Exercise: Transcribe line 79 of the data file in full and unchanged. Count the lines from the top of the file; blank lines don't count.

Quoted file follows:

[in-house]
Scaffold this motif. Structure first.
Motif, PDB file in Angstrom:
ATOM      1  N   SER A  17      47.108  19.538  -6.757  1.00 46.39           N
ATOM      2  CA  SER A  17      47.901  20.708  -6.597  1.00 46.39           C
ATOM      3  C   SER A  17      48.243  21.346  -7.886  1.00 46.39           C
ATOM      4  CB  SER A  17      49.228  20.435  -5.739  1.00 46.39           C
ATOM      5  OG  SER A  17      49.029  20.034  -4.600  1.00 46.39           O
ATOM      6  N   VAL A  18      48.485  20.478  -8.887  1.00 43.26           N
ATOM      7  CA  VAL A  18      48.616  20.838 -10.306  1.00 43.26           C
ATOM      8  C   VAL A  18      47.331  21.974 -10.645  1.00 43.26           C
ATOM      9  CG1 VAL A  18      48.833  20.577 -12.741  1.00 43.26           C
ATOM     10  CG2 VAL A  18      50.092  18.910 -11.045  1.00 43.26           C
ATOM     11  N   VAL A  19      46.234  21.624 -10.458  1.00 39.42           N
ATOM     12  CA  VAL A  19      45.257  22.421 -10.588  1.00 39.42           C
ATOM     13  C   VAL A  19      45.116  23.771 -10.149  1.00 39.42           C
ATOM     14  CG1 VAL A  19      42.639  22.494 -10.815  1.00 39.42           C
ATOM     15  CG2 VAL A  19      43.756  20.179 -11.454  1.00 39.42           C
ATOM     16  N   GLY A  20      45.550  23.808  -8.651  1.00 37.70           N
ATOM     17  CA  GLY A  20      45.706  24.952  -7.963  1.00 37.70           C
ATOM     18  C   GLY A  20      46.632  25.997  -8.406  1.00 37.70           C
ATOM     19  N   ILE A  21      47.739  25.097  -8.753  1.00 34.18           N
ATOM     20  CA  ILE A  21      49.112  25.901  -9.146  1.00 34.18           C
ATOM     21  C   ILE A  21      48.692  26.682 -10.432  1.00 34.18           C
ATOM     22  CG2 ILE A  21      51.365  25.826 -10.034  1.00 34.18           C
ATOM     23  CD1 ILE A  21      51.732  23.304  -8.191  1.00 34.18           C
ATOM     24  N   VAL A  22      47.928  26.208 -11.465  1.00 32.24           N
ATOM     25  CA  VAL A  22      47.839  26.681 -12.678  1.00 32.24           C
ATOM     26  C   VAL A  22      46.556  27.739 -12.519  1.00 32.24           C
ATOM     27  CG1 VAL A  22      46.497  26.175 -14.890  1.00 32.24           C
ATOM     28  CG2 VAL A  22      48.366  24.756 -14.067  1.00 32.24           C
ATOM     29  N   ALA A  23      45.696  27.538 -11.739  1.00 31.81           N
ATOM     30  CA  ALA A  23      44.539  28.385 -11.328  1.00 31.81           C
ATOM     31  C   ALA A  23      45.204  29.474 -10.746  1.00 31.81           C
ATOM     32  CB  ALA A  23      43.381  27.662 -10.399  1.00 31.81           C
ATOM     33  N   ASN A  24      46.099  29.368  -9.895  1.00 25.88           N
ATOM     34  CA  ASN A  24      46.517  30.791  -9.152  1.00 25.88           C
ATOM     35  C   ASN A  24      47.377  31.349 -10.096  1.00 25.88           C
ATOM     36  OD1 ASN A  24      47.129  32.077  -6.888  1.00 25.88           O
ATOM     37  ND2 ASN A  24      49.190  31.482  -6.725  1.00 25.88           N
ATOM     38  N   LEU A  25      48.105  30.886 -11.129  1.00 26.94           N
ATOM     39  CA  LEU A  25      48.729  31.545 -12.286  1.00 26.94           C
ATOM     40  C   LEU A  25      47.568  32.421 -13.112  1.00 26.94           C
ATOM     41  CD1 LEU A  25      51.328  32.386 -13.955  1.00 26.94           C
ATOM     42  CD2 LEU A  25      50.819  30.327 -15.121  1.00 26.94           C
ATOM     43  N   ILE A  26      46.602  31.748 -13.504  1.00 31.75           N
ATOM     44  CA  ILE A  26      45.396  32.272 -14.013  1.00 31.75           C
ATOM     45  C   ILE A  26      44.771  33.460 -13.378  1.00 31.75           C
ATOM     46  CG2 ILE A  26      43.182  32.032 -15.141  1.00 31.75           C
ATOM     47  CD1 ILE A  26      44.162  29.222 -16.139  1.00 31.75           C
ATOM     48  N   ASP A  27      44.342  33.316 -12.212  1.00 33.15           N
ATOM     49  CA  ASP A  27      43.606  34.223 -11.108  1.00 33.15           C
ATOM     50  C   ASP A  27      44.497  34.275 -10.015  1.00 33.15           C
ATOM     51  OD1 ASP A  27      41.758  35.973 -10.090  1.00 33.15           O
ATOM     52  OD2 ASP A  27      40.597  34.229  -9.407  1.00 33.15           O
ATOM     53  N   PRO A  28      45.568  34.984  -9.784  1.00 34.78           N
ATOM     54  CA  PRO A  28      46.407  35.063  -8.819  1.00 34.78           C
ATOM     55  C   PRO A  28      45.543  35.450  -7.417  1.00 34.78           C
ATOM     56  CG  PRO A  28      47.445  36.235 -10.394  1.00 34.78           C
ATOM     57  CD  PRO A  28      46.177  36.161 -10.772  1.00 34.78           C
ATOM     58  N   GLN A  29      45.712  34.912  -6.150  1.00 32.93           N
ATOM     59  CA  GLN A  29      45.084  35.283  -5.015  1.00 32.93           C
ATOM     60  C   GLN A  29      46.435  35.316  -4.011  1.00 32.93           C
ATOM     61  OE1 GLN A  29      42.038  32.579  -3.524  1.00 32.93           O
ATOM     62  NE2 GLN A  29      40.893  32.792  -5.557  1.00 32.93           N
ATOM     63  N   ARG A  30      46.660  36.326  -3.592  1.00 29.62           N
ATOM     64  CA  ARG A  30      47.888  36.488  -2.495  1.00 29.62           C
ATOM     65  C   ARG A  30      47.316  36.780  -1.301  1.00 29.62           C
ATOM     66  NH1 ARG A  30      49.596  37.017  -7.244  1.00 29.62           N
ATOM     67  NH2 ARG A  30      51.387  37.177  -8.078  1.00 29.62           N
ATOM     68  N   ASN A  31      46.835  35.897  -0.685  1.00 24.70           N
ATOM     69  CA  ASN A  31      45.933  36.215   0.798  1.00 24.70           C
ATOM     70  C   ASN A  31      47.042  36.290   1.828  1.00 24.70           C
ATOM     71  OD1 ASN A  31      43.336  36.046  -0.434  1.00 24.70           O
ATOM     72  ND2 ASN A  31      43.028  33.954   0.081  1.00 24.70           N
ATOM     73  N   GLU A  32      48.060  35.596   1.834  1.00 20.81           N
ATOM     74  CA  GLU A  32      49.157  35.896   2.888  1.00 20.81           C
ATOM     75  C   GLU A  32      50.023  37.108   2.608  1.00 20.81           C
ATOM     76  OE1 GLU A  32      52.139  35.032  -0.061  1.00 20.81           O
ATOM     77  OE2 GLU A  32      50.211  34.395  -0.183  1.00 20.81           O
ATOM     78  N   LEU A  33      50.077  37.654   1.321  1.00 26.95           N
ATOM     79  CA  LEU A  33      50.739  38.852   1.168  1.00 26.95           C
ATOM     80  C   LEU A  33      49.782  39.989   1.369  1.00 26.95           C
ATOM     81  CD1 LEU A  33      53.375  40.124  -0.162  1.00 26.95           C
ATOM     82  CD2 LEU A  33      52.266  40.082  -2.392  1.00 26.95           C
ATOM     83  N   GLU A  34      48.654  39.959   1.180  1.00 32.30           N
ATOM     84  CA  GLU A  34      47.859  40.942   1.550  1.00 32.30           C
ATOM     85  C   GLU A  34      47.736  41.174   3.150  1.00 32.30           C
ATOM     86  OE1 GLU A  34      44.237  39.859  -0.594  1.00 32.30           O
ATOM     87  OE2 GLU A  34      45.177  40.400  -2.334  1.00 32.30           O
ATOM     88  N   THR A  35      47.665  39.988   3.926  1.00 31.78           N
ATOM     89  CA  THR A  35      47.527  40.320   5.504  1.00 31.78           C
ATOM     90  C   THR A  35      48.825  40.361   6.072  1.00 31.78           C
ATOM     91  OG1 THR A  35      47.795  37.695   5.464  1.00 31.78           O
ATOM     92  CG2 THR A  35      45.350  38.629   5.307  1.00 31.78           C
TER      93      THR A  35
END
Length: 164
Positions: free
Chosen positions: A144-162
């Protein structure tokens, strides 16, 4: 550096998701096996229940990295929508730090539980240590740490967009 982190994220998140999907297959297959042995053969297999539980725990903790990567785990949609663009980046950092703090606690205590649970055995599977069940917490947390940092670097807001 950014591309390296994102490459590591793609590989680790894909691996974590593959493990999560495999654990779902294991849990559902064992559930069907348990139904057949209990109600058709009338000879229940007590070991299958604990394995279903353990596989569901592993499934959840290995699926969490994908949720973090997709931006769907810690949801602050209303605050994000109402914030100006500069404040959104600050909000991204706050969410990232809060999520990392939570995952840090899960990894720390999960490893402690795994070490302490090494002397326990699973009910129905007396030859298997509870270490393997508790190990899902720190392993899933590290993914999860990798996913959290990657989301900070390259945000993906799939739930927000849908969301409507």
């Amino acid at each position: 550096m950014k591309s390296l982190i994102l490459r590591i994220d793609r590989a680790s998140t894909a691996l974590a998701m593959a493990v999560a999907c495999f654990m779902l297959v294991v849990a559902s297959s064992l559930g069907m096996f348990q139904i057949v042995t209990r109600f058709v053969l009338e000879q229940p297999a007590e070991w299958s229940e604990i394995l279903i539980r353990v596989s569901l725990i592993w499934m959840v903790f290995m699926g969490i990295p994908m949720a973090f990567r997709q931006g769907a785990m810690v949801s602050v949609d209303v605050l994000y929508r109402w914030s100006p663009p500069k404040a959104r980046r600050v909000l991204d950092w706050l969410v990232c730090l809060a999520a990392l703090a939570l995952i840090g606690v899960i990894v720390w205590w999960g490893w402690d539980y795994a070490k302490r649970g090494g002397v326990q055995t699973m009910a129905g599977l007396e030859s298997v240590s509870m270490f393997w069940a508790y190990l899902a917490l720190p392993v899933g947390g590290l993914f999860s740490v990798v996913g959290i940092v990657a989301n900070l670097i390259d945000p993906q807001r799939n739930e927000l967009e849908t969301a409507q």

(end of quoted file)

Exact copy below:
ATOM     76  OE1 GLU A  32      52.139  35.032  -0.061  1.00 20.81           O